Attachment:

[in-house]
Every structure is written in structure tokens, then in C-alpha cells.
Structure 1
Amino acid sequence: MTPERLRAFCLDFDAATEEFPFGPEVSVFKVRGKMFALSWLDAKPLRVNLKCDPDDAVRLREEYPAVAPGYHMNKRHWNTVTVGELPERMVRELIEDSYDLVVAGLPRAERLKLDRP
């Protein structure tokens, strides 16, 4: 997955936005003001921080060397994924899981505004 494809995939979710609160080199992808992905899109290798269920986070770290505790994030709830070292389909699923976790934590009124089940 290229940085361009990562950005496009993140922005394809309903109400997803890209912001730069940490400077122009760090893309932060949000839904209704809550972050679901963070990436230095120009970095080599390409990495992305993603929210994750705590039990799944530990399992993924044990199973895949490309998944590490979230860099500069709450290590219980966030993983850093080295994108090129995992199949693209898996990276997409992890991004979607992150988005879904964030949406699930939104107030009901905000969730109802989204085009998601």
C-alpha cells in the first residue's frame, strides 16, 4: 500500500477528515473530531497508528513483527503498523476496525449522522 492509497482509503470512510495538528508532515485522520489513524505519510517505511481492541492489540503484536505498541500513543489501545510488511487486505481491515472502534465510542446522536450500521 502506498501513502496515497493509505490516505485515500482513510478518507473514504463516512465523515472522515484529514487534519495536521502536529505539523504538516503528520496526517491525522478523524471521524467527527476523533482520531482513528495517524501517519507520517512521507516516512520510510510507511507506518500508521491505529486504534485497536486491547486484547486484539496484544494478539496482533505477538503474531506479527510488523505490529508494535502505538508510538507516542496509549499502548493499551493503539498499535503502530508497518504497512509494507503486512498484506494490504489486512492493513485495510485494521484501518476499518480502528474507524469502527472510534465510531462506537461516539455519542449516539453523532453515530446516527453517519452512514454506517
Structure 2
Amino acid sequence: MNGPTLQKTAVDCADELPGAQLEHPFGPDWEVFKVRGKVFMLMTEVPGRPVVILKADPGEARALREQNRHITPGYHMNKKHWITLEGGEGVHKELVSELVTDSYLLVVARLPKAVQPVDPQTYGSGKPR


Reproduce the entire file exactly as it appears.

[in-house]
Every structure is written in structure tokens, then in C-alpha cells.
Structure 1
Amino acid sequence: MTPERLRAFCLDFDAATEEFPFGPEVSVFKVRGKMFALSWLDAKPLRVNLKCDPDDAVRLREEYPAVAPGYHMNKRHWNTVTVGELPERMVRELIEDSYDLVVAGLPRAERLKLDRP
């Protein structure tokens, strides 16, 4: 997955936005003001921080060397994924899981505004 494809995939979710609160080199992808992905899109290798269920986070770290505790994030709830070292389909699923976790934590009124089940 290229940085361009990562950005496009993140922005394809309903109400997803890209912001730069940490400077122009760090893309932060949000839904209704809550972050679901963070990436230095120009970095080599390409990495992305993603929210994750705590039990799944530990399992993924044990199973895949490309998944590490979230860099500069709450290590219980966030993983850093080295994108090129995992199949693209898996990276997409992890991004979607992150988005879904964030949406699930939104107030009901905000969730109802989204085009998601």
C-alpha cells in the first residue's frame, strides 16, 4: 500500500477528515473530531497508528513483527503498523476496525449522522 492509497482509503470512510495538528508532515485522520489513524505519510517505511481492541492489540503484536505498541500513543489501545510488511487486505481491515472502534465510542446522536450500521 502506498501513502496515497493509505490516505485515500482513510478518507473514504463516512465523515472522515484529514487534519495536521502536529505539523504538516503528520496526517491525522478523524471521524467527527476523533482520531482513528495517524501517519507520517512521507516516512520510510510507511507506518500508521491505529486504534485497536486491547486484547486484539496484544494478539496482533505477538503474531506479527510488523505490529508494535502505538508510538507516542496509549499502548493499551493503539498499535503502530508497518504497512509494507503486512498484506494490504489486512492493513485495510485494521484501518476499518480502528474507524469502527472510534465510531462506537461516539455519542449516539453523532453515530446516527453517519452512514454506517
Structure 2
Amino acid sequence: MNGPTLQKTAVDCADELPGAQLEHPFGPDWEVFKVRGKVFMLMTEVPGRPVVILKADPGEARALREQNRHITPGYHMNKKHWITLEGGEGVHKELVSELVTDSYLLVVARLPKAVQPVDPQTYGSGKPR